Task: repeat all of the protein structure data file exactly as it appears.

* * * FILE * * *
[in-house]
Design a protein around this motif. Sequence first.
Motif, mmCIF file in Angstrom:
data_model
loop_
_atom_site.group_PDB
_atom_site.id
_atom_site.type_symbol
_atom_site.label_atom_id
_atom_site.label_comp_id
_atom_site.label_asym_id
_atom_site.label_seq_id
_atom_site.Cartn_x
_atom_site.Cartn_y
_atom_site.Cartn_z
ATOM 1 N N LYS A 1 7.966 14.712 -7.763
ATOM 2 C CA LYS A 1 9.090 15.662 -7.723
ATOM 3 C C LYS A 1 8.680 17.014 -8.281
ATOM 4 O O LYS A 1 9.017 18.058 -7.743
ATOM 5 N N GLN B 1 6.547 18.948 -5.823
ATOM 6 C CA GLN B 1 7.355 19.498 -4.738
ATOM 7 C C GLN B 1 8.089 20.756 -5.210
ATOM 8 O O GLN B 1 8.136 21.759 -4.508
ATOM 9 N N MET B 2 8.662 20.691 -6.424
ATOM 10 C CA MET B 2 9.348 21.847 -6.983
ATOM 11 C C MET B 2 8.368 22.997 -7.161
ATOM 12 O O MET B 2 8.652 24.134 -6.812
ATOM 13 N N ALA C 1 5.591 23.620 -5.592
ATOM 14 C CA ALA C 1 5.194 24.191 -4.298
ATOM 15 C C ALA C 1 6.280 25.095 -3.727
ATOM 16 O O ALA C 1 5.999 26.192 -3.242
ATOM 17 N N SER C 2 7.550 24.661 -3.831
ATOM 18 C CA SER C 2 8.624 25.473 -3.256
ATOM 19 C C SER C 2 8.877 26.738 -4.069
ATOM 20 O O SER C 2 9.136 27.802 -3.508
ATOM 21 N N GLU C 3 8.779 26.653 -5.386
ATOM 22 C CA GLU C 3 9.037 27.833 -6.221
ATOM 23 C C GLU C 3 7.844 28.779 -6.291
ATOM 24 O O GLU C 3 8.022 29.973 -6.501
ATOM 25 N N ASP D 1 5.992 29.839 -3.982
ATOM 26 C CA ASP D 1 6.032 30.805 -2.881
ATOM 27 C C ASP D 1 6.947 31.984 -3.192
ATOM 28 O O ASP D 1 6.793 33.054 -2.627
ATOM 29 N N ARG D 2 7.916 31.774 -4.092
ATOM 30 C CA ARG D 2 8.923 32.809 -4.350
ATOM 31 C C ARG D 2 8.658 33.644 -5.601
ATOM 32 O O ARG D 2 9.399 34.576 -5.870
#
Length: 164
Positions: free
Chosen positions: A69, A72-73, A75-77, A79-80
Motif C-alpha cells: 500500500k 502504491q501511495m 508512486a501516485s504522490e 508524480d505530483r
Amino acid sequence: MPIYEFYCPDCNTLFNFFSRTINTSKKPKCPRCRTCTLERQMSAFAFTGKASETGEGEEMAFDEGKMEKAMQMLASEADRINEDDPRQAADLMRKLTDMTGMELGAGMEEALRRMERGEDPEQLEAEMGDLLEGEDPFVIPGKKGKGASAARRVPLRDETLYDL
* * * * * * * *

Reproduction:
[in-house]
Design a protein around this motif. Sequence first.
Motif, mmCIF file in Angstrom:
data_model
loop_
_atom_site.group_PDB
_atom_site.id
_atom_site.type_symbol
_atom_site.label_atom_id
_atom_site.label_comp_id
_atom_site.label_asym_id
_atom_site.label_seq_id
_atom_site.Cartn_x
_atom_site.Cartn_y
_atom_site.Cartn_z
ATOM 1 N N LYS A 1 7.966 14.712 -7.763
ATOM 2 C CA LYS A 1 9.090 15.662 -7.723
ATOM 3 C C LYS A 1 8.680 17.014 -8.281
ATOM 4 O O LYS A 1 9.017 18.058 -7.743
ATOM 5 N N GLN B 1 6.547 18.948 -5.823
ATOM 6 C CA GLN B 1 7.355 19.498 -4.738
ATOM 7 C C GLN B 1 8.089 20.756 -5.210
ATOM 8 O O GLN B 1 8.136 21.759 -4.508
ATOM 9 N N MET B 2 8.662 20.691 -6.424
ATOM 10 C CA MET B 2 9.348 21.847 -6.983
ATOM 11 C C MET B 2 8.368 22.997 -7.161
ATOM 12 O O MET B 2 8.652 24.134 -6.812
ATOM 13 N N ALA C 1 5.591 23.620 -5.592
ATOM 14 C CA ALA C 1 5.194 24.191 -4.298
ATOM 15 C C ALA C 1 6.280 25.095 -3.727
ATOM 16 O O ALA C 1 5.999 26.192 -3.242
ATOM 17 N N SER C 2 7.550 24.661 -3.831
ATOM 18 C CA SER C 2 8.624 25.473 -3.256
ATOM 19 C C SER C 2 8.877 26.738 -4.069
ATOM 20 O O SER C 2 9.136 27.802 -3.508
ATOM 21 N N GLU C 3 8.779 26.653 -5.386
ATOM 22 C CA GLU C 3 9.037 27.833 -6.221
ATOM 23 C C GLU C 3 7.844 28.779 -6.291
ATOM 24 O O GLU C 3 8.022 29.973 -6.501
ATOM 25 N N ASP D 1 5.992 29.839 -3.982
ATOM 26 C CA ASP D 1 6.032 30.805 -2.881
ATOM 27 C C ASP D 1 6.947 31.984 -3.192
ATOM 28 O O ASP D 1 6.793 33.054 -2.627
ATOM 29 N N ARG D 2 7.916 31.774 -4.092
ATOM 30 C CA ARG D 2 8.923 32.809 -4.350
ATOM 31 C C ARG D 2 8.658 33.644 -5.601
ATOM 32 O O ARG D 2 9.399 34.576 -5.870
#
Length: 164
Positions: free
Chosen positions: A69, A72-73, A75-77, A79-80
Motif C-alpha cells: 500500500k 502504491q501511495m 508512486a501516485s504522490e 508524480d505530483r
Amino acid sequence: MPIYEFYCPDCNTLFNFFSRTINTSKKPKCPRCRTCTLERQMSAFAFTGKASETGEGEEMAFDEGKMEKAMQMLASEADRINEDDPRQAADLMRKLTDMTGMELGAGMEEALRRMERGEDPEQLEAEMGDLLEGEDPFVIPGKKGKGASAARRVPLRDETLYDL